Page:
Perforating cutaneous nerve

Last revised by Daniel MacManus on 2 Aug 2021

The perforating cutaneous nerve is a cutaneous nerve that arises from the S2 and S3 nerve roots of the sacral plexus. The nerve exits the pelvis by piercing the sacrotuberous ligament to eventually supply the lower medial part of the buttock.

Gross anatomy


The perforating cutaneous nerve arises from the posterior aspect of the anterior rami of S2 and S3 nerve roots.


Unlike the majority of the nerves of the sacral plexus that exit the pelvic cavity through the greater sciatic foramen, the perforating cutaneous nerve pierces the sacrotuberous ligament and is briefly at the posterior edge of the ischioanal fossa. The nerve then passes over the lower border of the gluteus maximus muscle and continues to supply the skin over inferior aspects of the buttocks (also described as the area at which the two buttocks are losing contact).


The perforating cutaneous nerve briefly runs within the sacrotuberous ligament; a flat, triangular, broad based ligament. The ligament also houses the coccygeal branch of the inferior gluteal artery.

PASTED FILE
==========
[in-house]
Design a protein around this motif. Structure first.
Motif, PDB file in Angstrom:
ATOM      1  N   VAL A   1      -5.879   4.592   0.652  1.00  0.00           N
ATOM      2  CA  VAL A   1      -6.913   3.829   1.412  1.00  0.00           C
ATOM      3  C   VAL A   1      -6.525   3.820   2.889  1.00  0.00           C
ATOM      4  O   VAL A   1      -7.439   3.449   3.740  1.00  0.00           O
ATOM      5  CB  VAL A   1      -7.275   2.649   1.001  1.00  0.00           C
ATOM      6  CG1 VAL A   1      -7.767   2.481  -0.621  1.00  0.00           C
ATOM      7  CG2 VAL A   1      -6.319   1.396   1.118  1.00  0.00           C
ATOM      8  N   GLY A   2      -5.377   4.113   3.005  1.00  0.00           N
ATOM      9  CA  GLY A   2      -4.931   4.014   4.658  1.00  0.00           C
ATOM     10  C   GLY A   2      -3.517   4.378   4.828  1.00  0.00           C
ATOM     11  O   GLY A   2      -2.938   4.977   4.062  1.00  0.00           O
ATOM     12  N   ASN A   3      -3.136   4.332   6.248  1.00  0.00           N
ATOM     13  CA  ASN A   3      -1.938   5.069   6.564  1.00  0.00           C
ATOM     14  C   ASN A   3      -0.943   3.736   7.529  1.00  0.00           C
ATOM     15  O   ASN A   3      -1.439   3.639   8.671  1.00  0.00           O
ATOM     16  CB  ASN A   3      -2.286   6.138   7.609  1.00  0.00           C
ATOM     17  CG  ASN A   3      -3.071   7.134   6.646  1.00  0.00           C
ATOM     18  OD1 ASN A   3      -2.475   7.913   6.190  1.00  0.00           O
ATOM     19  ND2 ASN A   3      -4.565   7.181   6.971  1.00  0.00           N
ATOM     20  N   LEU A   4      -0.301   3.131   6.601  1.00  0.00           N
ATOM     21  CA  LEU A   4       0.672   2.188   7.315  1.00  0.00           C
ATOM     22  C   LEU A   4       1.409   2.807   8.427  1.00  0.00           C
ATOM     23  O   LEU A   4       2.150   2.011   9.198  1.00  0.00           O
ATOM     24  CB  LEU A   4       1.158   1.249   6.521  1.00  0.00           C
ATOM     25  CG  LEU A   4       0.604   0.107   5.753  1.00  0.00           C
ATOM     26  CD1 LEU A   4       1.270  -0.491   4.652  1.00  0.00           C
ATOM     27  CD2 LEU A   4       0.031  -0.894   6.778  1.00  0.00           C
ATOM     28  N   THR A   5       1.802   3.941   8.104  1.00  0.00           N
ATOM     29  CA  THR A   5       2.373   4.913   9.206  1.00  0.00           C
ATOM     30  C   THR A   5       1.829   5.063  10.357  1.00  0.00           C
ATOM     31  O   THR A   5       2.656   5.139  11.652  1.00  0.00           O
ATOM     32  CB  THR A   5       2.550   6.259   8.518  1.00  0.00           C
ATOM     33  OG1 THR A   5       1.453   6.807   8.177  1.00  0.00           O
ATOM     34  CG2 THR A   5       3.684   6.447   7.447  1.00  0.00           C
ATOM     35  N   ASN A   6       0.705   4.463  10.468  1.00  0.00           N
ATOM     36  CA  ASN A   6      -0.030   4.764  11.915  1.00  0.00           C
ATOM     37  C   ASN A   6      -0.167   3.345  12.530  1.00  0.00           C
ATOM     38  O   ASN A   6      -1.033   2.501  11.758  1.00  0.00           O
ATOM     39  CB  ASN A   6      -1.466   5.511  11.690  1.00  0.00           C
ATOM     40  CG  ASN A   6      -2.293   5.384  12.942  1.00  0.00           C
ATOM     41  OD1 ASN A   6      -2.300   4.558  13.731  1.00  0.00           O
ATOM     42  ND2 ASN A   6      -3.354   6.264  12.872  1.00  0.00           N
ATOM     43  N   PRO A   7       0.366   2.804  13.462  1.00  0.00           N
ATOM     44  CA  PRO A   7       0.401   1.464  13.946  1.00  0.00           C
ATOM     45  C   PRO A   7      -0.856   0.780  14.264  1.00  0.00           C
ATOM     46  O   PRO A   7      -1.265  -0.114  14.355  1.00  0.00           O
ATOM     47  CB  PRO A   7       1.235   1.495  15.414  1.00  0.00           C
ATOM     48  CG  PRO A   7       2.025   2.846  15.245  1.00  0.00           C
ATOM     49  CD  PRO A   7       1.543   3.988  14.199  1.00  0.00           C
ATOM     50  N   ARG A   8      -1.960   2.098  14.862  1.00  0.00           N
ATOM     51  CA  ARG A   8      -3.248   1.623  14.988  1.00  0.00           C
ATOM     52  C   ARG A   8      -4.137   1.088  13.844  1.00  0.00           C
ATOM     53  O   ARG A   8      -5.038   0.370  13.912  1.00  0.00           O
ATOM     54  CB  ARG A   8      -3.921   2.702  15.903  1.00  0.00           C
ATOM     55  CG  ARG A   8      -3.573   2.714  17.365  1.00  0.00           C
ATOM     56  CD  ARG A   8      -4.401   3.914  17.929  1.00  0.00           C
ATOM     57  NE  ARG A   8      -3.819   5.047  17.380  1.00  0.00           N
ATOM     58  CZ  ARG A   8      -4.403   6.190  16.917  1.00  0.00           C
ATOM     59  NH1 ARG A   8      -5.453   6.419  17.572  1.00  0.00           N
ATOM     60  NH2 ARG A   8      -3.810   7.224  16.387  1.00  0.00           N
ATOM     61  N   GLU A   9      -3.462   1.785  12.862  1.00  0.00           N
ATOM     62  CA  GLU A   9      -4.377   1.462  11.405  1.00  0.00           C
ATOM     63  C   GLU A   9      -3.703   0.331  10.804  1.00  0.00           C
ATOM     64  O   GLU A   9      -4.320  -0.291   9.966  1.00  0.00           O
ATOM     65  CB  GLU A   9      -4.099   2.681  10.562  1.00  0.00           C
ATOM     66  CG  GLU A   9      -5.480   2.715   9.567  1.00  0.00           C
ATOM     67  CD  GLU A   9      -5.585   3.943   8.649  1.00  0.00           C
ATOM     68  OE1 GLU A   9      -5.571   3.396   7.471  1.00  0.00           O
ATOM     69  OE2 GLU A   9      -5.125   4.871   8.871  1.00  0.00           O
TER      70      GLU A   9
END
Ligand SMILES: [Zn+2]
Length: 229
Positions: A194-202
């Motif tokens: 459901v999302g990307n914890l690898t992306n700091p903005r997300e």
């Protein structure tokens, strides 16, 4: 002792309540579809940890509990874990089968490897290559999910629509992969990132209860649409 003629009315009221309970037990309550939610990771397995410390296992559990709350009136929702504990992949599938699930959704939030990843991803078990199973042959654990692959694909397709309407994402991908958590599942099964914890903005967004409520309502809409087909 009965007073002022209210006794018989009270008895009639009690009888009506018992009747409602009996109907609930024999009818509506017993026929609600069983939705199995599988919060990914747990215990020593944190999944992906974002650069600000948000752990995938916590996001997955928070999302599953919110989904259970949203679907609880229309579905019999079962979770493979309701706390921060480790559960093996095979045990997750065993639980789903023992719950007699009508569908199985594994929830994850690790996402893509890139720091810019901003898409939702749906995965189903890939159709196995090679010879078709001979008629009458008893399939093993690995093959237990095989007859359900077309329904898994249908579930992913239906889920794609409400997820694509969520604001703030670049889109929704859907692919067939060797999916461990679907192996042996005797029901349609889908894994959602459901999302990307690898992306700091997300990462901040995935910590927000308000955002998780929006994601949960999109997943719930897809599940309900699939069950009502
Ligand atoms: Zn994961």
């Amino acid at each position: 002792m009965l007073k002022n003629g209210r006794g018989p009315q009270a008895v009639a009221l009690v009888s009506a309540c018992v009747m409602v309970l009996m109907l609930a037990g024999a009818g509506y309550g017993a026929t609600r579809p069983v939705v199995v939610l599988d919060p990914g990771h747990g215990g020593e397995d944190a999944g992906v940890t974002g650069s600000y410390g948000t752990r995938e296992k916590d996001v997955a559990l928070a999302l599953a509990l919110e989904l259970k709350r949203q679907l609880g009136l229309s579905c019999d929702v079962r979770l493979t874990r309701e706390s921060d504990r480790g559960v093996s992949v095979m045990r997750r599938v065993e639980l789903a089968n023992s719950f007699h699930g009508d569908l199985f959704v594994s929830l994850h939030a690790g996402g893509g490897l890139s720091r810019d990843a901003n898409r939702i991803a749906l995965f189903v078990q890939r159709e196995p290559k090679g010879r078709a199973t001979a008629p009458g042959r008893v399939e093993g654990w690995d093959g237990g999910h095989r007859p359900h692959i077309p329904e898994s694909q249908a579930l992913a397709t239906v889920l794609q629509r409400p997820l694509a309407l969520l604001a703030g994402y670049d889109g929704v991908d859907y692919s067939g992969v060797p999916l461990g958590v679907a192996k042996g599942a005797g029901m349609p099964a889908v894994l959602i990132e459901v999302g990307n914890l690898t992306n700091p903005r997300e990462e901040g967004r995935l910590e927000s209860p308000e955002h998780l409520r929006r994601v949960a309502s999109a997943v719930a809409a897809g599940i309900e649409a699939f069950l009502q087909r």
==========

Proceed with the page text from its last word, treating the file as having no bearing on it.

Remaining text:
The sacrotuberous ligament along with the gluteus maximus muscle forms the posterior boundary of the ischioanal (ischiorectal) fossa a fat filled fossa of the perineum. The ischioanal fossa contains the pudenal canal which in turn contains the pudendal nerve and internal pudendal vessels.

Variant anatomy

The perforating cutaneous nerve may be absent in which its place may be taken by a branch from the posterior cutaneous nerve of the thigh, a branch from the pudendal nerve or by a small nerve arising from the third and fourth or fourth and fifth sacral nerves. 

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